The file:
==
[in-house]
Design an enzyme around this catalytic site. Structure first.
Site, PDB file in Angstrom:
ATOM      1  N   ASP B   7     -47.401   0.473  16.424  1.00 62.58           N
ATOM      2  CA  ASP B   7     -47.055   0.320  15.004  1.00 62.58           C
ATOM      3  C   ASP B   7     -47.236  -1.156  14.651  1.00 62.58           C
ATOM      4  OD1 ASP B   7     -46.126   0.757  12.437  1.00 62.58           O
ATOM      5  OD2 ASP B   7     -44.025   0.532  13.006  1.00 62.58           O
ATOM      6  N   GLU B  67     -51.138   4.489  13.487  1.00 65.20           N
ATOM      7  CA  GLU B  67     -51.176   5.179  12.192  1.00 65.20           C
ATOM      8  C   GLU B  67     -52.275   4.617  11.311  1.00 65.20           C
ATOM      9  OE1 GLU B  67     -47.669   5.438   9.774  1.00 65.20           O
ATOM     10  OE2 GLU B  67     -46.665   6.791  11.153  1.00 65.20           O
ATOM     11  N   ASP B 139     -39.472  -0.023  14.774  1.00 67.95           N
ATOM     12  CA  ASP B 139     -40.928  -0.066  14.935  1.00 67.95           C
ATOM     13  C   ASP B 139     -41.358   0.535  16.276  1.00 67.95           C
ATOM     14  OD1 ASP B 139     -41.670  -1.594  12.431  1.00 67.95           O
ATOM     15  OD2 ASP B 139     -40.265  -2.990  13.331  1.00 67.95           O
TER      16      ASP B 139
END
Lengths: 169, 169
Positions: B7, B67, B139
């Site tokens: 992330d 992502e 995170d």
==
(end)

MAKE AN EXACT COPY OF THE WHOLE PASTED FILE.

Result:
[in-house]
Design an enzyme around this catalytic site. Structure first.
Site, PDB file in Angstrom:
ATOM      1  N   ASP B   7     -47.401   0.473  16.424  1.00 62.58           N
ATOM      2  CA  ASP B   7     -47.055   0.320  15.004  1.00 62.58           C
ATOM      3  C   ASP B   7     -47.236  -1.156  14.651  1.00 62.58           C
ATOM      4  OD1 ASP B   7     -46.126   0.757  12.437  1.00 62.58           O
ATOM      5  OD2 ASP B   7     -44.025   0.532  13.006  1.00 62.58           O
ATOM      6  N   GLU B  67     -51.138   4.489  13.487  1.00 65.20           N
ATOM      7  CA  GLU B  67     -51.176   5.179  12.192  1.00 65.20           C
ATOM      8  C   GLU B  67     -52.275   4.617  11.311  1.00 65.20           C
ATOM      9  OE1 GLU B  67     -47.669   5.438   9.774  1.00 65.20           O
ATOM     10  OE2 GLU B  67     -46.665   6.791  11.153  1.00 65.20           O
ATOM     11  N   ASP B 139     -39.472  -0.023  14.774  1.00 67.95           N
ATOM     12  CA  ASP B 139     -40.928  -0.066  14.935  1.00 67.95           C
ATOM     13  C   ASP B 139     -41.358   0.535  16.276  1.00 67.95           C
ATOM     14  OD1 ASP B 139     -41.670  -1.594  12.431  1.00 67.95           O
ATOM     15  OD2 ASP B 139     -40.265  -2.990  13.331  1.00 67.95           O
TER      16      ASP B 139
END
Lengths: 169, 169
Positions: B7, B67, B139
């Site tokens: 992330d 992502e 995170d």